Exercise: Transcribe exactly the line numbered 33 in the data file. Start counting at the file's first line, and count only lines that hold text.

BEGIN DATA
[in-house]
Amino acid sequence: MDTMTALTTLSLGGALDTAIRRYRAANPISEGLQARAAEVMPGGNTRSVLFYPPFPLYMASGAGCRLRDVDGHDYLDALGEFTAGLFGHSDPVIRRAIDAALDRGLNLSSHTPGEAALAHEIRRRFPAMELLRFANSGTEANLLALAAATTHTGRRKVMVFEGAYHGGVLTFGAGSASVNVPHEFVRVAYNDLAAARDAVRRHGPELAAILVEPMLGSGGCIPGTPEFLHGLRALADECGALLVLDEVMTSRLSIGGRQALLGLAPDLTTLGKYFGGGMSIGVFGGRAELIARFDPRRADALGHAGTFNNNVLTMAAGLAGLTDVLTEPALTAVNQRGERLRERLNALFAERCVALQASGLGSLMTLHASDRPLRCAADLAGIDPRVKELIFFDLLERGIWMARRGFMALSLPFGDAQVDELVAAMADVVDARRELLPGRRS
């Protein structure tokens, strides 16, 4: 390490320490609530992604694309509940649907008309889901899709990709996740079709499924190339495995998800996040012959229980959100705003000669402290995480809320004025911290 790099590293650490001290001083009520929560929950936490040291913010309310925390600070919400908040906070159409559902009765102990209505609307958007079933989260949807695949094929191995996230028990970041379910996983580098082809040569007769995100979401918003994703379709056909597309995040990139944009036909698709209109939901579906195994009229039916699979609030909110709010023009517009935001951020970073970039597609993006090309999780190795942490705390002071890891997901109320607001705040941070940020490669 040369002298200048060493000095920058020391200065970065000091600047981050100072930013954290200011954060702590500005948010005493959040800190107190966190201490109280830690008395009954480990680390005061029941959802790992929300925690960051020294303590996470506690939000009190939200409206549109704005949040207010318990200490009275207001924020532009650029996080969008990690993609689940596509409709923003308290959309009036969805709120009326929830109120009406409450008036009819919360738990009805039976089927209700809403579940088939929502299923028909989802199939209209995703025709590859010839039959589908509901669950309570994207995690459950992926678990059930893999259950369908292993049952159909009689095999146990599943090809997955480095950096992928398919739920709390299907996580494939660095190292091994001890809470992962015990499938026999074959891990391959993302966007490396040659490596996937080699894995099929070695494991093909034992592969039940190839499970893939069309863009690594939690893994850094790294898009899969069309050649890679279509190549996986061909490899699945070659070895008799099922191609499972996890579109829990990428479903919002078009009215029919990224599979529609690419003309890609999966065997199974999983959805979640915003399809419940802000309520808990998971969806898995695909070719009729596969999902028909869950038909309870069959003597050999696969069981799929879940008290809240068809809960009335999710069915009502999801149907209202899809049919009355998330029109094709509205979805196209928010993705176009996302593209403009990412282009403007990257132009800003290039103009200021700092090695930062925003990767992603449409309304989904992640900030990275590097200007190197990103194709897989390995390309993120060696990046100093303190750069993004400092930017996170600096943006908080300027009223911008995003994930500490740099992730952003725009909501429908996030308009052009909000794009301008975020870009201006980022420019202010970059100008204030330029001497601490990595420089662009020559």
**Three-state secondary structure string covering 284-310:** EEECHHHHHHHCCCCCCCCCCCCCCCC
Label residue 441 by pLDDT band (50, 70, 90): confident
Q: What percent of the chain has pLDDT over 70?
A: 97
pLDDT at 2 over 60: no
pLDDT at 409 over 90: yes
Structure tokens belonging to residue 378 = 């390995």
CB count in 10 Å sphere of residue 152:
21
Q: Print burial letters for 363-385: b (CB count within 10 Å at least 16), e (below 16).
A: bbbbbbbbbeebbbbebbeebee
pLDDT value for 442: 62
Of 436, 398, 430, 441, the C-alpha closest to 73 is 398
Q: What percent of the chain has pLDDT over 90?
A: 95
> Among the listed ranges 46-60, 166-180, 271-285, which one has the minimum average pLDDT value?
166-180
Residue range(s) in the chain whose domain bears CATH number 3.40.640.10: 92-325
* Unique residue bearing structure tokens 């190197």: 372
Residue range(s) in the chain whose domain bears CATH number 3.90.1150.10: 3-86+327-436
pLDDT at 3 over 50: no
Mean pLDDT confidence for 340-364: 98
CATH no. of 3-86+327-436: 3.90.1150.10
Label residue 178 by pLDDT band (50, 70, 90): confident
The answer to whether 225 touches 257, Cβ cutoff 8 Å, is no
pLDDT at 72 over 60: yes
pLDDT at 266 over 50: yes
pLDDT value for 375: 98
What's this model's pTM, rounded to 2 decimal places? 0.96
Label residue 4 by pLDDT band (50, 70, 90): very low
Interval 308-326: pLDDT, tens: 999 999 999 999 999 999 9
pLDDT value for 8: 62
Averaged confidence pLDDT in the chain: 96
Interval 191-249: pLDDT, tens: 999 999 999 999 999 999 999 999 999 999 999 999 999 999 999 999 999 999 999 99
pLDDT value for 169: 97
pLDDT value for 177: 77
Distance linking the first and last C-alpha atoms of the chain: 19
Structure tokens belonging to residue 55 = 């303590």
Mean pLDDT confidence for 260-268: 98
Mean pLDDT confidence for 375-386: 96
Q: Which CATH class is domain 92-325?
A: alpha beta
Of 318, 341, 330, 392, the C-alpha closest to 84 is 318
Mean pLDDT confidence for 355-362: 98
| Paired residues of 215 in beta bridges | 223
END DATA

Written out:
Label residue 4 by pLDDT band (50, 70, 90): very low